Pfizer’s effectiveness against Omicron variant unveiled in new South African study

Omicron: Dr Amir talks through the symptoms of the new strain

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It showed that two doses of the COVID-19 vaccines offered around 70 percent protection during a recent surge in Omicron cases in South Africa. That is a drop from around 92 percent in a previous Delta wave, according to South Africa’s Medical Research Council. The preliminary study, which has not yet been formally published, is the first real-world insight into how much protection COVID-19 vaccines may offer against Omicron.

It found that the vaccine protected all age groups, but at different levels.

The highest 92 percent – was in 18 to 29-year-olds, down to 59 percent protection in 70 to 79-year-olds.

Glenda Gray, president of the South African Medical Research Council, said that boosters “will help” with the possible reduction in protection against hospitalisations.

But the experts did warn that the results may change as the study assumed 78,000 of 211,000 lab test results from November 15 and December 7 were Omicron but didn’t confirm it.

South African health officials said on December 2 that Omicron accounted for 70 percent of sequenced COVID-19 cases in the country in November.

Simon Clarke, associate professor in Cellular Microbiology at the University of Reading, said:

“It shouldn’t be forgotten that in the UK there was a five-week gap between the first diagnosis and the first death.”

Early studies on Pfizer’s vaccine, from various labs worldwide, have already found a 20 to 40 fold reduction in antibody response against Omicron versus other variants.

It was not clear from the experiments how well the vaccine would perform in real-life especially against severe disease, which relies on other components of the immune system, called T-cells and memory cells, rather than antibodies.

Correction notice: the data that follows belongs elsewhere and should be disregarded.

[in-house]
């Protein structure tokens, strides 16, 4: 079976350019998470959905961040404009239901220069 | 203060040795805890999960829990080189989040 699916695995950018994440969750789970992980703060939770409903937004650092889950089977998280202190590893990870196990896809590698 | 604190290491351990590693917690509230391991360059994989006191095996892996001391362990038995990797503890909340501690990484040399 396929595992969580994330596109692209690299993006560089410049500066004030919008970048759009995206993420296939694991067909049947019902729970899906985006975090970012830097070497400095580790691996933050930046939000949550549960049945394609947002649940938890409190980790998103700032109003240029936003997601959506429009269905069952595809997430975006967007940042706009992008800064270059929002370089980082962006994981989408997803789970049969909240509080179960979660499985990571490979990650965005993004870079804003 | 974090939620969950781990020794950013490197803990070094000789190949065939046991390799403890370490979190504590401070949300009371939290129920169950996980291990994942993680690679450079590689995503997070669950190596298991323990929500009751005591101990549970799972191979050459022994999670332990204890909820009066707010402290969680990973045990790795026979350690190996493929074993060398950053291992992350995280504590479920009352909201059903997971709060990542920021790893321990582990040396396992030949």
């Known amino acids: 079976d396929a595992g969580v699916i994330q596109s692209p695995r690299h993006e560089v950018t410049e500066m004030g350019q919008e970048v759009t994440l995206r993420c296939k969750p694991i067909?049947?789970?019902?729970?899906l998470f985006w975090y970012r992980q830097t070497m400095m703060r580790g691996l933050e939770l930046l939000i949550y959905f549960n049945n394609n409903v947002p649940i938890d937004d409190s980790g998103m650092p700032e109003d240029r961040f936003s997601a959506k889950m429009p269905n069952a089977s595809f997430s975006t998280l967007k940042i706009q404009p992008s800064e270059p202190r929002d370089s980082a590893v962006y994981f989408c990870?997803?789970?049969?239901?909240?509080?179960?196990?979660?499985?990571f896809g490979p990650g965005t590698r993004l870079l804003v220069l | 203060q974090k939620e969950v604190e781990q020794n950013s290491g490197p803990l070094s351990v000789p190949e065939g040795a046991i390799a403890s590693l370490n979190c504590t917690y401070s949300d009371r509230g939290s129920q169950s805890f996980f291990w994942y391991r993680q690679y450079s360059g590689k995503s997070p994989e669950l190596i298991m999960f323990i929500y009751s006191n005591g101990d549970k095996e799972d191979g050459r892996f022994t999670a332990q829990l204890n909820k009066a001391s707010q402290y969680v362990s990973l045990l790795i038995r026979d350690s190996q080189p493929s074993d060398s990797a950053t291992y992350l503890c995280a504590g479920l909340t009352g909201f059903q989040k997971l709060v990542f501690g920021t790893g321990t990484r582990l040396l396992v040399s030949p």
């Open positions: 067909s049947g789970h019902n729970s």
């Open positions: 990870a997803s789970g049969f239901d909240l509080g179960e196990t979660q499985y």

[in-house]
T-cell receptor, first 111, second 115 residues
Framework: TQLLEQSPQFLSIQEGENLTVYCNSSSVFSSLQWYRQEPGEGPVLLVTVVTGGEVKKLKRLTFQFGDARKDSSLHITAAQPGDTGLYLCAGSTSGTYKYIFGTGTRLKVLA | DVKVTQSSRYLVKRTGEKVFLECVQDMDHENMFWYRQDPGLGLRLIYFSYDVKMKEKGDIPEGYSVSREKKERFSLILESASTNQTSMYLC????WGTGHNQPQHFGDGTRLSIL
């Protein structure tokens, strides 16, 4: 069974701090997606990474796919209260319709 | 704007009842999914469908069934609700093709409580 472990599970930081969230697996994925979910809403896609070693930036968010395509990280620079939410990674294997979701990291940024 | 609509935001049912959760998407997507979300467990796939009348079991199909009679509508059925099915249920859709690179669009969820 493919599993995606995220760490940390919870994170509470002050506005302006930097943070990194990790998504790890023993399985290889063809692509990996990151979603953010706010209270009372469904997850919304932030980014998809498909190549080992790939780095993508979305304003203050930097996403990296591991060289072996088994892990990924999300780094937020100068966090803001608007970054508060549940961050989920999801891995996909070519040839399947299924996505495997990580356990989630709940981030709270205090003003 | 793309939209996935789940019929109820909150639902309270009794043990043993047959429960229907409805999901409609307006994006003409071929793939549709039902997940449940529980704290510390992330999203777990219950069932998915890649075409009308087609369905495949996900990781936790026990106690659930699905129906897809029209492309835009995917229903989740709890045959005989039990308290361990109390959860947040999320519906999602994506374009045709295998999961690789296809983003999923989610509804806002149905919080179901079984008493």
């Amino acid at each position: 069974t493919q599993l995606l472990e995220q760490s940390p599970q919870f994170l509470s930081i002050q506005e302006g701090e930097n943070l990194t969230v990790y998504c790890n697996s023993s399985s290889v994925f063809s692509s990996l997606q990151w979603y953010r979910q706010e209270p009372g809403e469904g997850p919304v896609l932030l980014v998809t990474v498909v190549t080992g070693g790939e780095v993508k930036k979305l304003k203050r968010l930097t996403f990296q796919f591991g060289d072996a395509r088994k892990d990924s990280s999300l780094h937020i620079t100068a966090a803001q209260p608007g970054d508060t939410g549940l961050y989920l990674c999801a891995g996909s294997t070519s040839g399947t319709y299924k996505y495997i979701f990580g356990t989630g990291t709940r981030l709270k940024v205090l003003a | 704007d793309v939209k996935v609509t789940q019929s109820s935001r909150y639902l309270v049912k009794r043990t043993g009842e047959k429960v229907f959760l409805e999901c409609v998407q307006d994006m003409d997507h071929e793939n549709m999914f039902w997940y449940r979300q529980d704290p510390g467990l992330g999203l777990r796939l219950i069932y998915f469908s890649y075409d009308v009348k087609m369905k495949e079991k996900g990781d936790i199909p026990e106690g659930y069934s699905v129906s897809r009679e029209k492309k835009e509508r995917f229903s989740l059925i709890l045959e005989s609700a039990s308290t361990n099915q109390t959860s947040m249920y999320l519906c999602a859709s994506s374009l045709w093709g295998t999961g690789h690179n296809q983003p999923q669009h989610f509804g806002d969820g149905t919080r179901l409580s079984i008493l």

Antibodies stop the initial infection and then T cells and memory cells stop you from getting sick or dying, although a few people will inevitably become severely unwell from the virus.

The South African researchers said that Pfizer’s vaccine was 33 percent effective against infection during the Omicron wave compared with 80 percent in the Delta surge.

Antibodies are the first line of defence against infection, so the reduction in protection could be in keeping with the lab studies.

But data published on Friday also found that, after a booster, Pfizer’s vaccine was 70 percent to 75 percent effective against symptomatic COVID-19 caused by Omicron.

Health workers are gearing up to vaccinate 1.2 million people a day in the UK.

Chris Hopson, the chief executive of NHS Providers, said: “The NHS is already under enormous pressure, and scaling up in this way will be a huge challenge.

“GPs didn’t know about this in advance,” said Beccy Baird, a senior fellow at the King’s Fund think tank.

“Nobody is saying they won’t do it. I think they will throw everything at it.

My WhatsApp has been exploding with planning messages from around the country.”

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